Martin Hägglund's monographs, Radical Atheism: Derrida and the Time of Life (2008) and Dying for Time: Proust, Woolf, Nabokov (2012), offer one assessment of the relation between negative theology, deconstruction, and psychoanalysis on the question of desire. In Radical Atheism, Hägglund's argument is precise: unlike that of Immanuel Kant, Edmund Husserl, Emmanuel Levinas, and Ernesto Laclau, Jacques Derrida's work attends to a constitutive logic, an “ultratranscendental condition,” that refuses alibis of immortality (God, Presence, Infinity, Essence) in order to assert a constitutive finitude that is “absolutely without exception” (17). Hägglund argues that Derrida shows how the logic of survival—that there is nothing outside time, which, as such, is always divided between being no longer and being not yet—is the “unconditional condition for everything that can be desired” (48). One consequence of this reasoning is that if “everything” is subject to...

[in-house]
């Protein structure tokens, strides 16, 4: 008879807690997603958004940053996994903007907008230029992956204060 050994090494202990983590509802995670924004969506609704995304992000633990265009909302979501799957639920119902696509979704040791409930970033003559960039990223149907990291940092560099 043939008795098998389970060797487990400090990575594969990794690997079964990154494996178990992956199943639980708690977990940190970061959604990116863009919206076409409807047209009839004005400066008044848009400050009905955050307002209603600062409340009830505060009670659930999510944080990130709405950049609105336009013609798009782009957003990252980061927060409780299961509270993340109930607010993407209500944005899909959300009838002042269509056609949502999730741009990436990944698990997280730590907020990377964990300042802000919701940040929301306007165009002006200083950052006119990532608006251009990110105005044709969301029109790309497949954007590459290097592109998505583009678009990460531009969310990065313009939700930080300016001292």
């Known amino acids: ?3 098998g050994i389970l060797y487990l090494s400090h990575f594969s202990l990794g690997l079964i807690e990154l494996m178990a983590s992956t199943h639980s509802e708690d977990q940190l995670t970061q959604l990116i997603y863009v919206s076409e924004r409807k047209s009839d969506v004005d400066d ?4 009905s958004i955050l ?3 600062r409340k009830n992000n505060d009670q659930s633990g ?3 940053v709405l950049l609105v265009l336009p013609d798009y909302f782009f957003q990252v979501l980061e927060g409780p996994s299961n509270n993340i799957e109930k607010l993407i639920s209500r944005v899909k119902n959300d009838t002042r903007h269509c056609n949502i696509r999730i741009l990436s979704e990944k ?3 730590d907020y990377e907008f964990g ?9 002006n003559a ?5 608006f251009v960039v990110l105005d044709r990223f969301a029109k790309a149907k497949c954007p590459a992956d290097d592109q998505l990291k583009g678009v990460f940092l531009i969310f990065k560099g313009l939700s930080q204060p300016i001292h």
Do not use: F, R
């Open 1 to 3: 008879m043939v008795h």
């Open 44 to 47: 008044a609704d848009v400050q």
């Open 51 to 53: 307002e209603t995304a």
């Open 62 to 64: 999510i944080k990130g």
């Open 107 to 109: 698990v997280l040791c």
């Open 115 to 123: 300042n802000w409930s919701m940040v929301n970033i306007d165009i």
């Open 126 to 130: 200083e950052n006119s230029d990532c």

You do not currently have access to this content.